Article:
It is, indeed, a very interesting question – a question made more interesting by the fact that no one within the system has been asking it for years. On a primary and secondary level, many have argued that no, the balance has shifted too far to public support – they have been rewarded with scorn from teachers’ unions. On a tertiary level, university officials have been too busy jostling for stimulus funds like dancers following Pac-Man Jones to take time to consider what exactly it is that they’re doing.

President  Shelton is almost certainly right to say that funds need to be secured in the short-run to maintain solvency – much as a junkie needs cash now, man, because I’m totally gonna kick this thing, but I need $20 to get me through the week, but after this I’m gonna change. Just don’t be surprised when the budget battles of 2015 roll around.

A military-industrial education

Posted in Campus, Politics by Evan Lisull on 23 June 2009

Javelin MissileWe’ve alluded earlier to the odd love of Raytheon exhibited by leaders at the UA. Now, the UA-Raytheon flirtation has gone to the next level, with a coauthored editorial in the Daily Star by President Shelton and Taylor Lawrence, president of the Missile Systems Division of Raytheon. The hundreds of UA jobs that Shelton and Lawrence cite go towards the creation of products like the Exoatmospheric Kill Vehicle (EKV), the AGM-88 HARM (High-speed Anti-Radiation Missile), and the AGM-65 Maverick.

This isn’t to say that Raytheon, by forging the spears, is guilty of Agamemnon’s crimes. So long as there is active demand for missiles (which, with the Obama administration, there certainly is), there will be an active supply. But for an institution that prides itself on striving to “improve the human condition,” there is a noticeable lack of questioning from the university as to whether UA-Raytheon is really the kind of satellite campus they were looking for. All must be sacrificed on the altar of “job creation,” and that includes educational missions.

One also must wonder at Raytheon’s insatiable appetite for government money. The editorial starts with a slobbering paean to the space program, that sole federal program that a majority of Americans have said they want to cut; it ends with the BioSphere, a monument to the juche of FAIL. A full 80 percent of Raytheon’s sales come courtesy of the federal government, a percentage that doesn’t account for money spent by foreign governments – like Saudia Arabia! – for its goods. Amusingly enough, this makes Raytheon more dependent on government spending than the university; and still, by Lawrence’s measure, this is not enough. So the corporatist wheel turns . . .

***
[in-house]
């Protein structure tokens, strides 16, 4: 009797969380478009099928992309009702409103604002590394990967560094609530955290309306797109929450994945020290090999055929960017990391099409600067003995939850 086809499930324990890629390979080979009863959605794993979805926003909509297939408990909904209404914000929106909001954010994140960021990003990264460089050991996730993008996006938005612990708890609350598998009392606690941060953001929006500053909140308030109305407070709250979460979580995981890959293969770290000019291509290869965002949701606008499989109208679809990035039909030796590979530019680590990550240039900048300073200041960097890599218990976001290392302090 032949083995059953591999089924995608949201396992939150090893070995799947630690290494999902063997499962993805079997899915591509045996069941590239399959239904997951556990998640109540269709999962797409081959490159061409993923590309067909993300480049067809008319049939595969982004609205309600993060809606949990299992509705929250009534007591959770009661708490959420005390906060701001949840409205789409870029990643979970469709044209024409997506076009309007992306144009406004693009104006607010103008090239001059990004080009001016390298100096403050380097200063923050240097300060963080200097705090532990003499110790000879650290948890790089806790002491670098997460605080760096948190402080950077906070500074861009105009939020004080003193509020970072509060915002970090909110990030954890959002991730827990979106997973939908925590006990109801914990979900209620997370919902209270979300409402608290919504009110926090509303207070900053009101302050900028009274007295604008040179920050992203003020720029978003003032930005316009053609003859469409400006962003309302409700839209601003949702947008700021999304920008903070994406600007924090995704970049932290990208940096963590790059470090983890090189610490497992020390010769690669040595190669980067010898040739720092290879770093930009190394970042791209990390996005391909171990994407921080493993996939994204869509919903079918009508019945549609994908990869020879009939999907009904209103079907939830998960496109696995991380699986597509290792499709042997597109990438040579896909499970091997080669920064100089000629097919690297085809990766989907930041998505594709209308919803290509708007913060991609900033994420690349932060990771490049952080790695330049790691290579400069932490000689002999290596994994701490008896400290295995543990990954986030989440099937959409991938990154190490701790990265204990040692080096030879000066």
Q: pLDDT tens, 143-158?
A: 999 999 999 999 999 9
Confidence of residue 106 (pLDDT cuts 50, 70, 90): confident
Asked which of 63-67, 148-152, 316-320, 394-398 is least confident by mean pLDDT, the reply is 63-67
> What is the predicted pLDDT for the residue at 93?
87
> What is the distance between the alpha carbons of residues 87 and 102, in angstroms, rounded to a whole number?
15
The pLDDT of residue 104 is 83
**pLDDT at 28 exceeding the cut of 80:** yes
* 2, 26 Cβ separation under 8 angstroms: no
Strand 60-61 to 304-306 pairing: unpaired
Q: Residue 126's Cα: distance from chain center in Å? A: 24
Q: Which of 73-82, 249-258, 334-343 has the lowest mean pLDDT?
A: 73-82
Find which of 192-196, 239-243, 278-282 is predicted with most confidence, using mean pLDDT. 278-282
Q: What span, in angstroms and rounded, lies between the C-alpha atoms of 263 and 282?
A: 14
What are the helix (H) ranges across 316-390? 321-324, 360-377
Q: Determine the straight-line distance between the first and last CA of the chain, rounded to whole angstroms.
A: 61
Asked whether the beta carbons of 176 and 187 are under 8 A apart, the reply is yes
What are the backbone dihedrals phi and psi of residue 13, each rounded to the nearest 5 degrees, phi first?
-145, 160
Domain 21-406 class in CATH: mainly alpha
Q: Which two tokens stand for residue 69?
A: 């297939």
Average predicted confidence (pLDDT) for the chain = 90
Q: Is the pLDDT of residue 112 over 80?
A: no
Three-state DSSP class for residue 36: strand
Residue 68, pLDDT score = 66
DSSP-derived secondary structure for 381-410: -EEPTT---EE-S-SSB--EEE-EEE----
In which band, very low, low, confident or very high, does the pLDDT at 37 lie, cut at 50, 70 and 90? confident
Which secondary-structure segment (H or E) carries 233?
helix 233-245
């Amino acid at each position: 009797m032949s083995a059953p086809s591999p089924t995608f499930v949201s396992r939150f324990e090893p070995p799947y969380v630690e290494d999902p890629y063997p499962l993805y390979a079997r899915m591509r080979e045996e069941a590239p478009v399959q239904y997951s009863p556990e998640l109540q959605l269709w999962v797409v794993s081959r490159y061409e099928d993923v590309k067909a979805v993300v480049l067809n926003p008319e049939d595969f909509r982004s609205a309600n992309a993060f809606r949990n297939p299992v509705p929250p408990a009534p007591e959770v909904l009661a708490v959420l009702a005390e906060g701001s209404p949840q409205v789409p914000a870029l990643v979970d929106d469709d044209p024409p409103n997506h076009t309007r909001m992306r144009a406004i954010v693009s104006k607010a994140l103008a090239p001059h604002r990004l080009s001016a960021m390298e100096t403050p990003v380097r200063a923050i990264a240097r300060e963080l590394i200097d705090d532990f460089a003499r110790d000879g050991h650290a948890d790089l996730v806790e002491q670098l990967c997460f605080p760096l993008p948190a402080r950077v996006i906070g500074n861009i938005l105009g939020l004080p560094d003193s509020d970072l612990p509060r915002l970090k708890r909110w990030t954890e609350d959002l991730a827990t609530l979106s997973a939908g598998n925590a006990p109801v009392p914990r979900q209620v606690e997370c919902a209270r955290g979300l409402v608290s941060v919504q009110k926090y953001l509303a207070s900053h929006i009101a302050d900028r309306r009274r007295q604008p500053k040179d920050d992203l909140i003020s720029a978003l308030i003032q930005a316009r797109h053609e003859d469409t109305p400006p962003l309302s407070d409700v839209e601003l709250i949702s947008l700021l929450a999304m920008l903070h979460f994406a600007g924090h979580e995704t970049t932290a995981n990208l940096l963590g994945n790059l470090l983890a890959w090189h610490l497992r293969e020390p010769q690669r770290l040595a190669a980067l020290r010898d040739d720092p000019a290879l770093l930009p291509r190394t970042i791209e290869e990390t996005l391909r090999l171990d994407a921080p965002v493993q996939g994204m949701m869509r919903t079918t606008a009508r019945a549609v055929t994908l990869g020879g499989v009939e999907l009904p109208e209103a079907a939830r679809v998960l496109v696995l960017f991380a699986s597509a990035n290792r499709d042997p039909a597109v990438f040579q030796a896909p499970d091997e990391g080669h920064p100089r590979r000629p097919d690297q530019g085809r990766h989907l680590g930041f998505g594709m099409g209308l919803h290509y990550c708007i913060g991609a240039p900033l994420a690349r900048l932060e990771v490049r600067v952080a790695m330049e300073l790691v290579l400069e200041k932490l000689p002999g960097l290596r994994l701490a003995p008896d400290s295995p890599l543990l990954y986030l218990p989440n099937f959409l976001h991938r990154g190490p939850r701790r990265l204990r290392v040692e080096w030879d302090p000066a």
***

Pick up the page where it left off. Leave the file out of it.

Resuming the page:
The editorial itself would be largely forgettable if it weren’t for this waterboarding of logic in the middle of an argument for more state spending:

The vast majority of the $530 million in funding for research last year at UA came from outside Arizona (primarily from the federal government). These funds from Washington are creating jobs in Arizona. By any measure, that is good for our state. Indeed, the most current data for BIO5 and the College of Optical Sciences show a return on investment from research funding of more than 5 to 1. There are not many investments that offer a greater return than that.

In other words: state funding has very little to do with funding research, the same research responsible for jobs. Seeing how Washington is planning on ramping up its spending on education (among a few other things), there thus is no reason for the state of Arizona to do anything but sit on its hands. I suppose it’s nice for Babylon on the Potomac to shower us with ArneBucks, if you’re into that whole “record deficits” thing. It is, however, an irrelevant aside when it comes to the current debate over the state budget.

This UA-Raytheon alliance, which has gone beyond marriage of convenience and into full-fledged lovefest mode, looks askance at both those who believe that the university is a powerful agent of change in the world, and those who think that the school is a country club of peaceniks. In actuality, it is a quasi-independent arm of the bureaucracy, fighting in a typically Nikansenian way to maximize its budget.

Image of the FGM-148 Javelin courtesy of the Wikimedia Commons.

Diversity centers remain separate and equal

Posted in Campus, Politics, UA Transformation Plan by Evan Lisull on 17 June 2009

Much the impetus behind the proposed Unity Center, as CSIL’s Michelle Perez readily admits, was to realize cost savings in the form of administrative consolidation. Diversity groups argued that the proposal would unduly centralize the groups, drowning out their independent voices. Unfortunately for both groups, this consolidation apparently already exists: